wed 24/07/2024

New York

Hello, Dolly!, London Palladium review - Imelda Staunton makes every line a deal-broker

Jerry Herman is the king of pep. Way too much of it in the first 20 minutes of the recent revue Jerry’s Girls had me screaming for a breather, but here the opening cavalcade, gorgeous overture included, intoxicates thanks to Dominic Cooke‘s razor-...

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Album: Moby - Always Centered at Night

US electronic perennial Moby has had a good run. He was a rave culture phenomenon from 1991 onwards. He blew that with a vegan punk album. He released Play at the decade’s end and sold millions. He then had decadent superstar years, a run of huge,...

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Eric, Netflix review - a fairytale of New York

New York in the 1980s is the setting for Abi Morgan’s new six-part drama, and it’s a city riddled with squalor, homelessness, racism and rampant crime. The Aids pandemic is also beginning to rear its hideous head. It’s here that the brilliant...

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DVD/Blu-ray: Cabrini

“Begin the mission and the funds will come,” says feisty, tubercular nun Francesca Cabrini (Christiana Dell’Anna; Patrizia in Gomorrah) to Pope Leo XIII (Giancarlo Giannini) in 1889. She specialises in defying expectations, especially when men tell...

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theartsdesk Q&A: Matthew Modine on 'Hard Miles', 40 years in showbusiness and safer cycling

Maybe California-born Matthew Modine caught the movie bug courtesy of his father Mark, who used to manage drive-in theatres, but after bagging his first film role in John Sayles’s Baby It’s You (1983) he never looked back. Blessed with a gift of...

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Between Riverside and Crazy, Hampstead Theatre review - race, religion and rough justice

It’s often said that contemporary American playwrights are too polite, too afraid of giving offence. But this accusation can’t be levelled at Stephen Adly Guirgis, whose dramas – from Jesus Hopped the ‘A’ Train in 2002 to The Motherfucker in...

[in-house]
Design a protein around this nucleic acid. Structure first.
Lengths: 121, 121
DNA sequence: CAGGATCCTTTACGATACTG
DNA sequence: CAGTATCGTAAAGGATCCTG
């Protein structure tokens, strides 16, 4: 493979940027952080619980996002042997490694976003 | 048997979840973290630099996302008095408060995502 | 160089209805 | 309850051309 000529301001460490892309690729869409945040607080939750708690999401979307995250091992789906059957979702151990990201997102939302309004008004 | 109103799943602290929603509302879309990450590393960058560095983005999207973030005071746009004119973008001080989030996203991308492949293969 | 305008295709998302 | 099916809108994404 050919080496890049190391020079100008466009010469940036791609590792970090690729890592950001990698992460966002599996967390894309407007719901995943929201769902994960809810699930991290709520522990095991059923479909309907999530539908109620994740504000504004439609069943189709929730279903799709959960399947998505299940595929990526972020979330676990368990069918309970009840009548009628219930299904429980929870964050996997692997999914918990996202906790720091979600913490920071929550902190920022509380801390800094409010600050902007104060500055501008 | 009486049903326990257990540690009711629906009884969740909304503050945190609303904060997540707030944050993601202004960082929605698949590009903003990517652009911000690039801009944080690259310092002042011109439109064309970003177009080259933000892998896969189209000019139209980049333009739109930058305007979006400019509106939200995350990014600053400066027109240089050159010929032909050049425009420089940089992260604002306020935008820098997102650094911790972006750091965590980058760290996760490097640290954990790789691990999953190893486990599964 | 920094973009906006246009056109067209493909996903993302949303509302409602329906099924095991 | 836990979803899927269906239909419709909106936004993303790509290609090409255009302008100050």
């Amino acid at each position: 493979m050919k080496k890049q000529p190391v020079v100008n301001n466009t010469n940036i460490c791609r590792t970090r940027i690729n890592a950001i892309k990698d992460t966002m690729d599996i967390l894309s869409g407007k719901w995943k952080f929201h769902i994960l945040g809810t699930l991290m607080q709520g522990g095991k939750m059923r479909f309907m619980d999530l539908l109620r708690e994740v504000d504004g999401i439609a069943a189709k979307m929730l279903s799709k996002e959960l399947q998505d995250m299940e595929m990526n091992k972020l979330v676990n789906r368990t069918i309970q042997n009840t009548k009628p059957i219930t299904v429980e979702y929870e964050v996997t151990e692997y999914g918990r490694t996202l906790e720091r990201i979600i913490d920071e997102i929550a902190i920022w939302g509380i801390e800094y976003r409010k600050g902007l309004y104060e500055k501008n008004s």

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Two Strangers (Carry A Cake Across New York), Criterion Theatre review - rueful and funny musical gets West End upgrade

Small-scale shows, nurtured in offbeat places, are becoming all the rage in the West End. Red Pitch, Operation Mincemeat, For Black Boys… have already made their mark, and now this quirky musical for just two performers joins them.It’s been a long...

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Scoop, Netflix review - revisiting a Right Royal nightmare

What with the interminable Harry and Meghan saga, the death of the Queen and the recent health scares for Kate and King Chuck, this is just what the Royal Family needed – the exhumation of Prince Andrew’s catastrophic 2019 Newsnight interview with...

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Ghostbusters: Frozen Empire review - a modest, well-meant return

Who you going to call? Five films into the Ghostbusters franchise, every persuadable survivor from the ’84 original, plus the ad hoc, Paul Rudd-led Spengler clan introduced in the series-reviving Ghostbusters: Afterlife (2021). The low-key, humane,...

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Robot Dreams review - short circuits of love

As everyone knows, the two most likeable creatures in the fictional world are the dog and the robot. Who doesn’t love a waggly tail or an aluminium cranium? So putting the two together in an animated movie looks like a Bennifer-perfect match.Robot...

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Album: Kim Gordon - The Collective

Some icons sit back and bask. Kim Gordon does not. She has occasionally intimated that her New York cool and relentless work rate may be down to a smidgeon of imposter syndrome, even after all her years on the frontline. Whatever the truth of it,...

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Say She She, Koko review - flawless, pizazz-filled show from rising stars

Back in 1979, Koko operated as The Music Machine. As such, the Camden Town venue lent its name to the film Music Machine, marketed as the British equivalent of Saturday Night Fever. Buying into this vision of the North London setting as a hot-bed of...

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